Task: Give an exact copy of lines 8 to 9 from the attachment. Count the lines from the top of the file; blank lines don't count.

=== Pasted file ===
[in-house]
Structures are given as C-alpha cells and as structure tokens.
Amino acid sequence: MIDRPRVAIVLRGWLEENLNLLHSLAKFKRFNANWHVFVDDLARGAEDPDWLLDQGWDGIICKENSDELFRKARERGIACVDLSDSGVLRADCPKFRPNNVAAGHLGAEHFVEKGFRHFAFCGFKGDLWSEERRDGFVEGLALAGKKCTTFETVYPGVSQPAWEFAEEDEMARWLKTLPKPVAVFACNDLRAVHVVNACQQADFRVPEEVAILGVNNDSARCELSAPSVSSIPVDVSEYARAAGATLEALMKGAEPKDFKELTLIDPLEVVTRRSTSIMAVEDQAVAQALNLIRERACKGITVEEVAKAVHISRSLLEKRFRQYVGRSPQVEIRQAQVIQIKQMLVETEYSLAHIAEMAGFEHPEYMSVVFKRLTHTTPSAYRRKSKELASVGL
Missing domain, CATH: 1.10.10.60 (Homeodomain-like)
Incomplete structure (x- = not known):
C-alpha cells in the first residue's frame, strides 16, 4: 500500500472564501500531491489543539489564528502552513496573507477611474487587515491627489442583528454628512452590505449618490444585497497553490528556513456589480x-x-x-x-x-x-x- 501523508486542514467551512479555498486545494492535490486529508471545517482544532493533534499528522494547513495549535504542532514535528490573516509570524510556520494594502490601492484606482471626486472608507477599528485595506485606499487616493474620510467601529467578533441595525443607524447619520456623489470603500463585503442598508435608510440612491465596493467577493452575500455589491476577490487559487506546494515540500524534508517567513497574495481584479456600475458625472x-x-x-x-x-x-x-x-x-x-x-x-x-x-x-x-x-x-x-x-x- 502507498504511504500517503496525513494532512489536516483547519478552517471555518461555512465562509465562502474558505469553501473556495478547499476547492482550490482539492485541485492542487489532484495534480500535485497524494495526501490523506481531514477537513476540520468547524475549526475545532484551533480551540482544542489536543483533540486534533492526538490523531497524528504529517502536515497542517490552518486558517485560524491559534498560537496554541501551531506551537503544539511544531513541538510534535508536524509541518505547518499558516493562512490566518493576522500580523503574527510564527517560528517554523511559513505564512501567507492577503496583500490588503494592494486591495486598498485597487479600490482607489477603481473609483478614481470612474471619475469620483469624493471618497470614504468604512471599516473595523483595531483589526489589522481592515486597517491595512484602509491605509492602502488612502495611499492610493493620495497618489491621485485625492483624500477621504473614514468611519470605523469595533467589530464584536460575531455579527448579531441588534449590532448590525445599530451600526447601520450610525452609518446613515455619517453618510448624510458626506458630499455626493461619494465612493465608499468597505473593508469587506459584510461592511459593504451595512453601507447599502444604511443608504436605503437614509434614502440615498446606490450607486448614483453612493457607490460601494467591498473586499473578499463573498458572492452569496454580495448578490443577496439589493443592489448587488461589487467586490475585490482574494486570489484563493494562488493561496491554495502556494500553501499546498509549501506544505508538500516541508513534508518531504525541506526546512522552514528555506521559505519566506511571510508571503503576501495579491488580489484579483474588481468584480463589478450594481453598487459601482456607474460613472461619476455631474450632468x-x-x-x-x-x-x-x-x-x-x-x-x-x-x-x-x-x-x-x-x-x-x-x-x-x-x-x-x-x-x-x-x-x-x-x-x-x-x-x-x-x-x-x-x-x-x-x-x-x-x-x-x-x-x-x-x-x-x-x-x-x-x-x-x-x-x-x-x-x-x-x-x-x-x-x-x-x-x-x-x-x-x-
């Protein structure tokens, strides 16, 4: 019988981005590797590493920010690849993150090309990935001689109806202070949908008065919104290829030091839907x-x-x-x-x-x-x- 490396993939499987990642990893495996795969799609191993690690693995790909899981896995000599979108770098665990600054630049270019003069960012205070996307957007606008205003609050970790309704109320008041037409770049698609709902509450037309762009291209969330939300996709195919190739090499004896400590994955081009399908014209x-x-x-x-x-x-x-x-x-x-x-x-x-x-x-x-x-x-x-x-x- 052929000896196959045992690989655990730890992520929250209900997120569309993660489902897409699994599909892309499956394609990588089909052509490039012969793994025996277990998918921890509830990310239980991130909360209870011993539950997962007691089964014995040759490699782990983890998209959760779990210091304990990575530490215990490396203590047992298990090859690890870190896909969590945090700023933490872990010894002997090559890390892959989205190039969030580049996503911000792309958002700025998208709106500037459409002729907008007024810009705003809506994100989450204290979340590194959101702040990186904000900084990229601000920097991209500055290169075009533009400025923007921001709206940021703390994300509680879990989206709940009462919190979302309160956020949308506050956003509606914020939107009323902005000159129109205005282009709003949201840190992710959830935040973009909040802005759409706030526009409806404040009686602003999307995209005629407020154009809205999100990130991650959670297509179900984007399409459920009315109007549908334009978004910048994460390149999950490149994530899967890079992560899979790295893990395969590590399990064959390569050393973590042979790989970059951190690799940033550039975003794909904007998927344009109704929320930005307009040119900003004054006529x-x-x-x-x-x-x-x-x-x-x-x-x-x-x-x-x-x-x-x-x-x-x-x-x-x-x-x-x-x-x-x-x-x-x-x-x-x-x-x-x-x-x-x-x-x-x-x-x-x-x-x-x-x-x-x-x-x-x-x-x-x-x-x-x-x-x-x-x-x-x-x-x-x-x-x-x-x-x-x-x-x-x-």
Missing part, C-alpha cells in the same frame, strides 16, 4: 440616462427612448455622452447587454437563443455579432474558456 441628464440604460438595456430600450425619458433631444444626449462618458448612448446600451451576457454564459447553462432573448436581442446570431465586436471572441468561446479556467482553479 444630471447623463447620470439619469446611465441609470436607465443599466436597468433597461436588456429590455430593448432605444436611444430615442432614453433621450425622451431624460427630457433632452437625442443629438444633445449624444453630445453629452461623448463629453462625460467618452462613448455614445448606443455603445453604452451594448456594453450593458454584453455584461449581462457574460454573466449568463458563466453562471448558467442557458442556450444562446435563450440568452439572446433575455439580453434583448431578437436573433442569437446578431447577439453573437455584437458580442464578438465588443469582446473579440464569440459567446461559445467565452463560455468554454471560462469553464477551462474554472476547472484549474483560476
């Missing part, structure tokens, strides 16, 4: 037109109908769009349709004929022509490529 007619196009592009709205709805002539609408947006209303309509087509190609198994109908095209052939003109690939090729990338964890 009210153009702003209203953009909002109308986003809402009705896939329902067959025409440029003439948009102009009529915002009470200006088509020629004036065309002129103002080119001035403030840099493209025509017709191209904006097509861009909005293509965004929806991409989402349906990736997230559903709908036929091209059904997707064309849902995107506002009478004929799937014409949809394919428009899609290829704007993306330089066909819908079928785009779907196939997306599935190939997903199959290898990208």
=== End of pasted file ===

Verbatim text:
Missing part, C-alpha cells in the same frame, strides 16, 4: 440616462427612448455622452447587454437563443455579432474558456 441628464440604460438595456430600450425619458433631444444626449462618458448612448446600451451576457454564459447553462432573448436581442446570431465586436471572441468561446479556467482553479 444630471447623463447620470439619469446611465441609470436607465443599466436597468433597461436588456429590455430593448432605444436611444430615442432614453433621450425622451431624460427630457433632452437625442443629438444633445449624444453630445453629452461623448463629453462625460467618452462613448455614445448606443455603445453604452451594448456594453450593458454584453455584461449581462457574460454573466449568463458563466453562471448558467442557458442556450444562446435563450440568452439572446433575455439580453434583448431578437436573433442569437446578431447577439453573437455584437458580442464578438465588443469582446473579440464569440459567446461559445467565452463560455468554454471560462469553464477551462474554472476547472484549474483560476
């Missing part, structure tokens, strides 16, 4: 037109109908769009349709004929022509490529 007619196009592009709205709805002539609408947006209303309509087509190609198994109908095209052939003109690939090729990338964890 009210153009702003209203953009909002109308986003809402009705896939329902067959025409440029003439948009102009009529915002009470200006088509020629004036065309002129103002080119001035403030840099493209025509017709191209904006097509861009909005293509965004929806991409989402349906990736997230559903709908036929091209059904997707064309849902995107506002009478004929799937014409949809394919428009899609290829704007993306330089066909819908079928785009779907196939997306599935190939997903199959290898990208």